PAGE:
Flannel cotton isn’t stretchy enough, and commercially available receiving blankets just don’t cut in size. You may receive tons of them from other mums or as gifts during your baby shower. But you’ll soon be looking for other uses besides swaddling. By the time your baby is three months old, the little wrap will barely cover their tummy, let alone fold sideways for a snug fold.
While muslin feels coarse and scratchy when new, few washes later and its butter smooth. You can also make your swaddles with this fabric when you learn to hem a receiving blanket. Muslin blankets offer sizes of up to 47 inches square, and some come with closure mechanisms or shapes that promote swaddling.
How to Swaddle Your Baby Using a Muslin Blanket
Swaddling your tot means you’ll have to find a routine that’s comfortable for both of you. It’s a simple task that’s not tedious, and with repeated practice, you’ll soon become a master. To swaddle your baby with a muslin blanket;
- Fold the whole cloth into a diamond shape and lay your baby on its back at the center of the folds.
- Put your baby’s right arm parallel to their body and pull the swaddling blanket across the arm, under the left arm to its side. You can tuck the rest of the fabric into your child’s side. Ensure that the left arm is free.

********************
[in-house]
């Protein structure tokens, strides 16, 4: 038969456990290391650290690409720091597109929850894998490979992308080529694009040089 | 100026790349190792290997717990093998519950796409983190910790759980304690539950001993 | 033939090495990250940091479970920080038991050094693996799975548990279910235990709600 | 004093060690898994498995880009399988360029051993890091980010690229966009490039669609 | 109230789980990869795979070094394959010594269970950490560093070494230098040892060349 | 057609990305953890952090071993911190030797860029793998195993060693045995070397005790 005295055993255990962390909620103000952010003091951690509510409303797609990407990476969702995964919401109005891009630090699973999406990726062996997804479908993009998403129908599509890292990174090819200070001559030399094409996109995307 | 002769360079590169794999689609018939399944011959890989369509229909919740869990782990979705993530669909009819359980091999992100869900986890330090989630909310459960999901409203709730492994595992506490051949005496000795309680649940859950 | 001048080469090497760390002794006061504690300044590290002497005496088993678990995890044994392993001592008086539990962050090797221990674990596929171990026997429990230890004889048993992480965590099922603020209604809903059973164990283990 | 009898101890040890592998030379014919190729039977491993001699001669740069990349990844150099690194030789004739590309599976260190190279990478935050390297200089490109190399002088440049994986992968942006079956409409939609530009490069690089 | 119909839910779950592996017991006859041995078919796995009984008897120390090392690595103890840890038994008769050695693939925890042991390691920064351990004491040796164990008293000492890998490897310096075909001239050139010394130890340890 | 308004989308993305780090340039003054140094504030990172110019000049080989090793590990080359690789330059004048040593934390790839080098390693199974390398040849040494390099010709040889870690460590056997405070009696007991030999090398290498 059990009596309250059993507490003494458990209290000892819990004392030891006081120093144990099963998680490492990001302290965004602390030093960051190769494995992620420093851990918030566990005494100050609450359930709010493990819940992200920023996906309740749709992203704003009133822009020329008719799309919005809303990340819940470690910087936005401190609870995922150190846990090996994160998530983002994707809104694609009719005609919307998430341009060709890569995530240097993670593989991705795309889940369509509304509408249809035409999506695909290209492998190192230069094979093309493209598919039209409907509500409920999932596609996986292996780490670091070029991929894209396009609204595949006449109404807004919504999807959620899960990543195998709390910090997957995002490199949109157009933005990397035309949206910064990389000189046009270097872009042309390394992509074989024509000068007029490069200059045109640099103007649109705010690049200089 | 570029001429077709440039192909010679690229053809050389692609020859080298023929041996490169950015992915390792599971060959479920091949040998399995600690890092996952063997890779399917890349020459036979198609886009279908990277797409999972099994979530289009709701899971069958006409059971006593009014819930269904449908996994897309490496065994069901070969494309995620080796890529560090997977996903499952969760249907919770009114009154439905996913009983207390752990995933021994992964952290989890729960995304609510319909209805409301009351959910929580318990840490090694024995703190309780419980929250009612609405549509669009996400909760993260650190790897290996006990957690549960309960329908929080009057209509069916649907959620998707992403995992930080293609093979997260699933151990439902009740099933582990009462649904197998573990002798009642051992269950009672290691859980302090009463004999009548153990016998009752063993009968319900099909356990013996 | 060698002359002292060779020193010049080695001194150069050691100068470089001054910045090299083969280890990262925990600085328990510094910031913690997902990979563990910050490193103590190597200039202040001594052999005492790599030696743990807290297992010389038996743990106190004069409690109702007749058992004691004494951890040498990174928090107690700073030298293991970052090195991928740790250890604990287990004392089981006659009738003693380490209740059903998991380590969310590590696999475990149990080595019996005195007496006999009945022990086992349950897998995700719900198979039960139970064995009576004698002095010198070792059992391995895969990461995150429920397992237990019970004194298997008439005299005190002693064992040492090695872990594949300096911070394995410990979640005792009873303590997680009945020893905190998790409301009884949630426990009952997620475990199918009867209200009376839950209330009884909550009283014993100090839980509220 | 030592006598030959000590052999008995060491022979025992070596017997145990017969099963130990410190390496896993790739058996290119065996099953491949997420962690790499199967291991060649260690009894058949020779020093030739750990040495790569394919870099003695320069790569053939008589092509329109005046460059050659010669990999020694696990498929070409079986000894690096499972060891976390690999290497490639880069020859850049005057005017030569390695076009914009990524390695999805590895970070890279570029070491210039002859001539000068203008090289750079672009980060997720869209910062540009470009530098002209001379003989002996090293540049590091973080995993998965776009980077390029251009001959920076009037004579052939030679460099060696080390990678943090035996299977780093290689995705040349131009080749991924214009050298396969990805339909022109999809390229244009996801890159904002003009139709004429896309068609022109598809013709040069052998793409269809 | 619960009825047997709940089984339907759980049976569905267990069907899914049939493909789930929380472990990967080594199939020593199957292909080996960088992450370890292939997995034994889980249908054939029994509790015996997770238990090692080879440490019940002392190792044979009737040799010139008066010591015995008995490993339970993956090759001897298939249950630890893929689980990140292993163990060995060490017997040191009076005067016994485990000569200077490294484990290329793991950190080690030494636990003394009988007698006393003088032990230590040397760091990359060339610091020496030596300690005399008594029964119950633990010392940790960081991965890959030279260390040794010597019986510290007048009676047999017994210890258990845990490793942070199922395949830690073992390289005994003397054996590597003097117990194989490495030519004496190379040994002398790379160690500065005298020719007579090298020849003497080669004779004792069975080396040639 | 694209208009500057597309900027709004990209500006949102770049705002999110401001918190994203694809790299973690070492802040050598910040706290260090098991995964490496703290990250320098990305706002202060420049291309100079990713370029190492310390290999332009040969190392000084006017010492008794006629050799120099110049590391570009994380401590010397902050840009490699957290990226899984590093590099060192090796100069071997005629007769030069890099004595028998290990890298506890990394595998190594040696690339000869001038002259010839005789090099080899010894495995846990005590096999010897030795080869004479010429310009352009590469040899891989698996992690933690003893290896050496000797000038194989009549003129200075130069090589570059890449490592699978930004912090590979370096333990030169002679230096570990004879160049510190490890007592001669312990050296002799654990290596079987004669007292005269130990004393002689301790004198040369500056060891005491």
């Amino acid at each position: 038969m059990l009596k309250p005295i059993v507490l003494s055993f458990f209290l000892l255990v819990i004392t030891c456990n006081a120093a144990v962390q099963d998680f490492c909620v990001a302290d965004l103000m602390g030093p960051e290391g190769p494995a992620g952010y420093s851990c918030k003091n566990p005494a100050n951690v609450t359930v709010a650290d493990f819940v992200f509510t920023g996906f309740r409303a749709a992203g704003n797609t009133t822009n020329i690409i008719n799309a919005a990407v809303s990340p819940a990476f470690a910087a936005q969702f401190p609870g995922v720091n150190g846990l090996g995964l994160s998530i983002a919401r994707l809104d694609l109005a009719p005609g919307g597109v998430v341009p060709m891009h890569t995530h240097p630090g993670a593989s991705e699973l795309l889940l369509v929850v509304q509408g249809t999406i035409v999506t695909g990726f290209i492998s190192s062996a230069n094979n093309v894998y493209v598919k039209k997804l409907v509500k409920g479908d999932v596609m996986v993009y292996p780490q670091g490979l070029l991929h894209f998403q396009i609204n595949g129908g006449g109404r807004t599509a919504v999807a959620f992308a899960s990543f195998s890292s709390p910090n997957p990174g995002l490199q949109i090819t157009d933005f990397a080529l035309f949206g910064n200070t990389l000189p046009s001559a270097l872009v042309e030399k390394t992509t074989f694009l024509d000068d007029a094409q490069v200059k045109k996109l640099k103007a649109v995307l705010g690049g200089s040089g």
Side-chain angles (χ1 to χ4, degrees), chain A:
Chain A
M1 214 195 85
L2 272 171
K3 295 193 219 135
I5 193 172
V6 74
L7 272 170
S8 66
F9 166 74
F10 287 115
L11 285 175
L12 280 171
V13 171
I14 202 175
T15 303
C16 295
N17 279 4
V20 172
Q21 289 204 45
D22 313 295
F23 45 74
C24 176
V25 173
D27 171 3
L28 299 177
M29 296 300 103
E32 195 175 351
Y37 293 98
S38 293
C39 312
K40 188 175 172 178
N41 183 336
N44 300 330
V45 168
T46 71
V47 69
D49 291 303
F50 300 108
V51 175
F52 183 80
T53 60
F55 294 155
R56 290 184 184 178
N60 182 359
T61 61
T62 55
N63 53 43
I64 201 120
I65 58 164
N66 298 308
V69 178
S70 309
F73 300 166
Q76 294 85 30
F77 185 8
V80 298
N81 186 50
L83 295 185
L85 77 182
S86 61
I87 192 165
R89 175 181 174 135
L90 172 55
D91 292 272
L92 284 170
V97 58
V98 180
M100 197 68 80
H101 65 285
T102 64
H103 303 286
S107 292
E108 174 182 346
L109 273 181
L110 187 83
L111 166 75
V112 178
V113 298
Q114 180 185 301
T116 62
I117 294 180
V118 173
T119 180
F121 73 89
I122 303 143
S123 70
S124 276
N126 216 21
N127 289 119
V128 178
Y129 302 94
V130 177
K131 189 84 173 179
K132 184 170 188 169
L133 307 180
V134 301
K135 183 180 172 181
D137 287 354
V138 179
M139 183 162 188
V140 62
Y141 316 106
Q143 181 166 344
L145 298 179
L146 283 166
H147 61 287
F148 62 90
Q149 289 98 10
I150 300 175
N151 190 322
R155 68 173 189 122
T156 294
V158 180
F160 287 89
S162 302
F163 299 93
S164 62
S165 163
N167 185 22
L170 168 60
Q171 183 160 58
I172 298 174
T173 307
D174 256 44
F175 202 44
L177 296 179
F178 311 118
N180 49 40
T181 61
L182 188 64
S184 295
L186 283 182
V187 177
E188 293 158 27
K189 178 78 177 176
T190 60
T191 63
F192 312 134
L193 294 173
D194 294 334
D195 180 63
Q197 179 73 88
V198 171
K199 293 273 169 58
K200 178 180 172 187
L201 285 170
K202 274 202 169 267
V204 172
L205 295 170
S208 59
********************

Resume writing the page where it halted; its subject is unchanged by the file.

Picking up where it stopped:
- At the bottom where your baby’s feet are, fold the blanket upwards to a point underneath their chin. Ensure the swaddle is tight, and you can fold the pointed part down again.
- Wrap your baby’s chest and left arm with the rest of the blanket fabric. Use the hanging edges to tuck your child into a snug burrito-like shape.
While the differences between muslin and flannel receiving blankets are minimal, their use is varied and, for swaddles, specialized. You can easily select between these two essential accessories depending on your child’s size and how the temperatures will direct. However, despite not using flannels to swaddle, you’ll find that they continue being useful when you know how to squeeze more life out of them.
I’m Cathrine and I’m a 39-year-old mother of 3 from Utica, New York. And I’m extremely happy you’ve come to visit my hide-out on the web. Here I post about everything related to family-life and usually it will involve babies and lessons I’ve learned over the years from experts, friends, and my own mistakes. So hopefully you will find what i write fun and informational!